Thursday, 2 April 2020 : 5th Week of Lent, Memorial of St. Francis of Paola, Hermit (Gospel Reading)

Liturgical Colour : Purple/Violet

John 8 : 51-59

At that time, Jesus said to the Jews, “Truly, I say to you, if anyone keeps My word, he will never experience death.” The Jews replied, “Now we know that You have a demon. Abraham died and the prophets as well, but You say, ‘Whoever keeps My word will never experience death.’ Who do You claim to be? Do You claim to be greater than our father Abraham, who died? And the prophets also died.”

Then Jesus said, “If I were to praise Myself, it would count for nothing. But He Who gives glory to Me is the Father, the very One you claim as your God, although you do not know Him. I know Him, and if I were to say that I do not know Him, I would be a liar like you. But I know Him and I keep His word. As for Abraham, your ancestor, he looked forward to the day when I would come; and he rejoiced when he saw it.”

The Jews then said to Him, “You are not yet fifty years old and You have seen Abraham?” And Jesus said, “Truly, I say to you, before Abraham was, I am.” They then picked up stones to throw at Him, but Jesus hid Himself and left the Temple.

Thursday, 2 April 2020 : 5th Week of Lent, Memorial of St. Francis of Paola, Hermit (Psalm)

Liturgical Colour : Purple/Violet

Psalm 104 : 4-5, 6-7, 8-9

Look to the Lord and be strong; seek His face always. Remember His wonderful works, His miracles and His judgments.

You descendants of His servant Abraham, you sons of Jacob, His chosen ones! He is the Lord our God; His judgments reach the whole world.

He remembers His covenant forever, His promise to a thousand generations, the covenant He made with Abraham, the promise He swore to Isaac.

Thursday, 2 April 2020 : 5th Week of Lent, Memorial of St. Francis of Paola, Hermit (First Reading)

Liturgical Colour : Purple/Violet

Genesis 17 : 3-9

Abram fell face down and God said to him, “This is My covenant with you : you will be the father of a multitude of nations. No longer will you be called Abram, but Abraham, because I will make you the father of a multitude of nations. I will make you more and more famous; I will multiply your descendants; nations shall spring from you, kings shall be among your descendants.”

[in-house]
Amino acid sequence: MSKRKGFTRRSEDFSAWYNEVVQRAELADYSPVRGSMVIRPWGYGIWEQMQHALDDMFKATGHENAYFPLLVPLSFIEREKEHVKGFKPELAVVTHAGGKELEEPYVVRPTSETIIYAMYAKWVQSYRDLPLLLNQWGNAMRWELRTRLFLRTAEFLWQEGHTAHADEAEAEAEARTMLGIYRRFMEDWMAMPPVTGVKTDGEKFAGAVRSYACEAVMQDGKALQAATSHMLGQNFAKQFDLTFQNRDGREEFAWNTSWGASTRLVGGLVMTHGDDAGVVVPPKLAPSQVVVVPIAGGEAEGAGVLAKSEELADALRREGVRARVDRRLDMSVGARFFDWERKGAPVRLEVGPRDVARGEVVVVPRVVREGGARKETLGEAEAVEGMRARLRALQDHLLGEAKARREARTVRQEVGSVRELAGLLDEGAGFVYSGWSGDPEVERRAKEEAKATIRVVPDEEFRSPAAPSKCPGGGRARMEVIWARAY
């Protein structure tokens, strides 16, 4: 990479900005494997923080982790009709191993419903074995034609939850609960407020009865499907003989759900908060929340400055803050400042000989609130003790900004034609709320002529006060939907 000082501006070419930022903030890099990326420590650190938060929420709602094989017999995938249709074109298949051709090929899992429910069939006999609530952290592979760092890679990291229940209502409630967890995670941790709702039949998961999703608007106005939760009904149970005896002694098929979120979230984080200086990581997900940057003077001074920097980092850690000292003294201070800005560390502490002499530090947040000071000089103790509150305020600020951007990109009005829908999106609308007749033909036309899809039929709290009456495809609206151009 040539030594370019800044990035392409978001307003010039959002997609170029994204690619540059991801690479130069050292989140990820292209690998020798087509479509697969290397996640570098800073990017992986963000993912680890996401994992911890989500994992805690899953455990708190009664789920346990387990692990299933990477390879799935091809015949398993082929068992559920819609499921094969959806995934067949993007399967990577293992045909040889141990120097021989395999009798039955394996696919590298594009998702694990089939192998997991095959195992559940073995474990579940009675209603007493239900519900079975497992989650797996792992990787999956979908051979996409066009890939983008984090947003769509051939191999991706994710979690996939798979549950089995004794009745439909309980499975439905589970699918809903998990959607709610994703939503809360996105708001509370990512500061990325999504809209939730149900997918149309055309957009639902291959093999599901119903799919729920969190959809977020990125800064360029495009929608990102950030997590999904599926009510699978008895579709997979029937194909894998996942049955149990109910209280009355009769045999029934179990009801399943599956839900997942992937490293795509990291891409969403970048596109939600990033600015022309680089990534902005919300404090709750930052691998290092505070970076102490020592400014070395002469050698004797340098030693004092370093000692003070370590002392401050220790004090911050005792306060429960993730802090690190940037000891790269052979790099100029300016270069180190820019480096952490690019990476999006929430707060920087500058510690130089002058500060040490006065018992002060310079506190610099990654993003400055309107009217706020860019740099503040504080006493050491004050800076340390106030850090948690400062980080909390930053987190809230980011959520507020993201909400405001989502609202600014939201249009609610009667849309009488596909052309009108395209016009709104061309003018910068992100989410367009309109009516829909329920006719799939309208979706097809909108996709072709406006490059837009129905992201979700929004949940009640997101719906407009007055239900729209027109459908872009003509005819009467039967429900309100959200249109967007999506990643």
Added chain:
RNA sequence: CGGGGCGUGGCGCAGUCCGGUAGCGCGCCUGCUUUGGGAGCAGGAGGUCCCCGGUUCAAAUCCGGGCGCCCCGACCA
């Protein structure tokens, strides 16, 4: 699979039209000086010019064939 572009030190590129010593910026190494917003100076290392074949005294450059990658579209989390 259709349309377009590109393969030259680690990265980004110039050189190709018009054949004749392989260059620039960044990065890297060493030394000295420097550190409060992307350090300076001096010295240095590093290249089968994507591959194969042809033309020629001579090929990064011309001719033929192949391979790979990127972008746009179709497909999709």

“And I will establish a covenant, an everlasting covenant between Myself and you and your descendants after you; from now on I will be your God and the God of your descendants after you, for generations to come. I will give to you and your descendants after you the land you are living in, all the land of Canaan, as an everlasting possession and I will be the God of your race.”

God said to Abraham, “For your part, you shall keep My covenant, you and your descendants after you, generation after generation.”

Thursday, 26 March 2020 : 4th Week of Lent (Homily and Scripture Reflections)

Liturgical Colour : Purple/Violet

Dear brothers and sisters in Christ, on this day all of us are reminded of just how merciful God has been to us, how patient He had been with our stubbornness and constant disobedience, our sinful ways and our rebelliousness all these while, as He has continually forgiven us when we seek His forgiveness and mercy. God has always loved us so much even when we have disobeyed Him and did so much evil before Him.

But at the same time, we must also not forget that God still despises our sins and wickedness, and His anger remains against all of our sins and disobedience. He loves us all the sinners but despises our sins, as sin is corruption on us, and no corruption and wickedness may remain in His presence. If we remain in our sinful ways and stubbornly hold on to our wickedness, then we will be judged according to those standards, and we will not be spared on the day of judgment.

Moses pleaded with God as described in our first reading today from the Book of Exodus, as at that time the Israelites rebelled against God in a very terrible manner, because they made for themselves a golden idol, shaped like a calf, as a god and idol for them to worship, while God had just earlier on delivered them from the hands of the Egyptians and their Pharaoh. It was just very recently then that God opened the sea before the people of Israel that they might pass safely on the dry seabed, while destroying all the chariots and armies sent after them.

God made a Covenant with His people and renewed the Covenant and promise which He had made much earlier on with Abraham, Isaac and Jacob, the ancestors of the Israelites. He gave them His laws and commandments, centred on the Ten Commandments that He Himself wrote on two slabs of stone, which He gave to Moses on Mount Sinai, the Mountain of God. On that mountain, Moses spent forty days and forty nights with God, receiving the many commandments God had set before His people to help and guide them in their lives.

But the people, probably being impatient and restless, and weak in their faith, chose to take the drastic action of forcing Aaron, the brother of Moses to make for themselves a golden calf idol as god over them, as they thought that Moses had died on the mountain after spending forty days up there away from the people. They committed all sorts of debauchery and terrible sinful deeds with the golden idol, and God was very angry against them as we can clearly heard in our first reading passage today.

God could have destroyed the people, but He listened to Moses who pleaded on their behalf, for Him to show mercy and to forgive them for their lapses and mistakes. God spared the people but some of those worst offenders and the leaders of the rebellion were indeed not spared by the wrath of God, for it was by their instigation that the whole people of Israel ended up disobeying God and sinned against Him. From then on nonetheless, God continued to love His people and was still patient with them despite their infidelity and wickedness from time to time.